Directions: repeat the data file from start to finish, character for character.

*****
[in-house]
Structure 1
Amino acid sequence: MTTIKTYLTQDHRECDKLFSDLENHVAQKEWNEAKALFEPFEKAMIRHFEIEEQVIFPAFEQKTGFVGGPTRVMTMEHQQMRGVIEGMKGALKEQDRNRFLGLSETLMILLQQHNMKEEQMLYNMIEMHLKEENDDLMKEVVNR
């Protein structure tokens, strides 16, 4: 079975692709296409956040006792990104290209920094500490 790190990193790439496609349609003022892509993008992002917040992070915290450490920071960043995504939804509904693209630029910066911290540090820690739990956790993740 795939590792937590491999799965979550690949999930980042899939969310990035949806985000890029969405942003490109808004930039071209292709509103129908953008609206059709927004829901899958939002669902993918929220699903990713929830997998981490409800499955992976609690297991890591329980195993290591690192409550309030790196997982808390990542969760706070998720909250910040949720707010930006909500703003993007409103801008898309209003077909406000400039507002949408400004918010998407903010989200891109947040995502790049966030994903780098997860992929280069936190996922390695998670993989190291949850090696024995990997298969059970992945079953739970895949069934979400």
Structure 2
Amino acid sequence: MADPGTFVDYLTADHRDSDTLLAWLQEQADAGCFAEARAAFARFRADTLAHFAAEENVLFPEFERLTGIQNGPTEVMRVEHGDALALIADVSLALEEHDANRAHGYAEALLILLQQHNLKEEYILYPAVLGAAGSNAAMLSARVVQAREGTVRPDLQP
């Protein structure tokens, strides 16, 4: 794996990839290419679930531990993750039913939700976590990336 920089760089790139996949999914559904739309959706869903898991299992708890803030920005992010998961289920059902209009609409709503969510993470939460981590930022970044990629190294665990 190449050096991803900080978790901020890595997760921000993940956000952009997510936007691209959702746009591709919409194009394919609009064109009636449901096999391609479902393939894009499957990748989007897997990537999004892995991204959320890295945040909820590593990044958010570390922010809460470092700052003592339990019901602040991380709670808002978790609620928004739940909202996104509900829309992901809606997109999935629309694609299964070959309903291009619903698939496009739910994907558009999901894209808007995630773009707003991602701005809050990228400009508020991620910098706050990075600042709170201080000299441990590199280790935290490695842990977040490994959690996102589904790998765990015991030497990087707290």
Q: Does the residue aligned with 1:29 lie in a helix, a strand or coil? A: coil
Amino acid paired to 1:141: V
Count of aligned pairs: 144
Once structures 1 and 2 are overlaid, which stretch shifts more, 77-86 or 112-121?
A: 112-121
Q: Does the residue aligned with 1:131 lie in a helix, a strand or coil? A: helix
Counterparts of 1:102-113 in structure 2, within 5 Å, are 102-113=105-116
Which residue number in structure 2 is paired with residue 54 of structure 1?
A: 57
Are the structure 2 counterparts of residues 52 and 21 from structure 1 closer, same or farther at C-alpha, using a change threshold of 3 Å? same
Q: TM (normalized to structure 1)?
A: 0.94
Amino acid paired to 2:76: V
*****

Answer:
[in-house]
Structure 1
Amino acid sequence: MTTIKTYLTQDHRECDKLFSDLENHVAQKEWNEAKALFEPFEKAMIRHFEIEEQVIFPAFEQKTGFVGGPTRVMTMEHQQMRGVIEGMKGALKEQDRNRFLGLSETLMILLQQHNMKEEQMLYNMIEMHLKEENDDLMKEVVNR
């Protein structure tokens, strides 16, 4: 079975692709296409956040006792990104290209920094500490 790190990193790439496609349609003022892509993008992002917040992070915290450490920071960043995504939804509904693209630029910066911290540090820690739990956790993740 795939590792937590491999799965979550690949999930980042899939969310990035949806985000890029969405942003490109808004930039071209292709509103129908953008609206059709927004829901899958939002669902993918929220699903990713929830997998981490409800499955992976609690297991890591329980195993290591690192409550309030790196997982808390990542969760706070998720909250910040949720707010930006909500703003993007409103801008898309209003077909406000400039507002949408400004918010998407903010989200891109947040995502790049966030994903780098997860992929280069936190996922390695998670993989190291949850090696024995990997298969059970992945079953739970895949069934979400």
Structure 2
Amino acid sequence: MADPGTFVDYLTADHRDSDTLLAWLQEQADAGCFAEARAAFARFRADTLAHFAAEENVLFPEFERLTGIQNGPTEVMRVEHGDALALIADVSLALEEHDANRAHGYAEALLILLQQHNLKEEYILYPAVLGAAGSNAAMLSARVVQAREGTVRPDLQP
């Protein structure tokens, strides 16, 4: 794996990839290419679930531990993750039913939700976590990336 920089760089790139996949999914559904739309959706869903898991299992708890803030920005992010998961289920059902209009609409709503969510993470939460981590930022970044990629190294665990 190449050096991803900080978790901020890595997760921000993940956000952009997510936007691209959702746009591709919409194009394919609009064109009636449901096999391609479902393939894009499957990748989007897997990537999004892995991204959320890295945040909820590593990044958010570390922010809460470092700052003592339990019901602040991380709670808002978790609620928004739940909202996104509900829309992901809606997109999935629309694609299964070959309903291009619903698939496009739910994907558009999901894209808007995630773009707003991602701005809050990228400009508020991620910098706050990075600042709170201080000299441990590199280790935290490695842990977040490994959690996102589904790998765990015991030497990087707290």
Q: Does the residue aligned with 1:29 lie in a helix, a strand or coil? A: coil
Amino acid paired to 1:141: V
Count of aligned pairs: 144
Once structures 1 and 2 are overlaid, which stretch shifts more, 77-86 or 112-121?
A: 112-121
Q: Does the residue aligned with 1:131 lie in a helix, a strand or coil? A: helix
Counterparts of 1:102-113 in structure 2, within 5 Å, are 102-113=105-116
Which residue number in structure 2 is paired with residue 54 of structure 1?
A: 57
Are the structure 2 counterparts of residues 52 and 21 from structure 1 closer, same or farther at C-alpha, using a change threshold of 3 Å? same
Q: TM (normalized to structure 1)?
A: 0.94
Amino acid paired to 2:76: V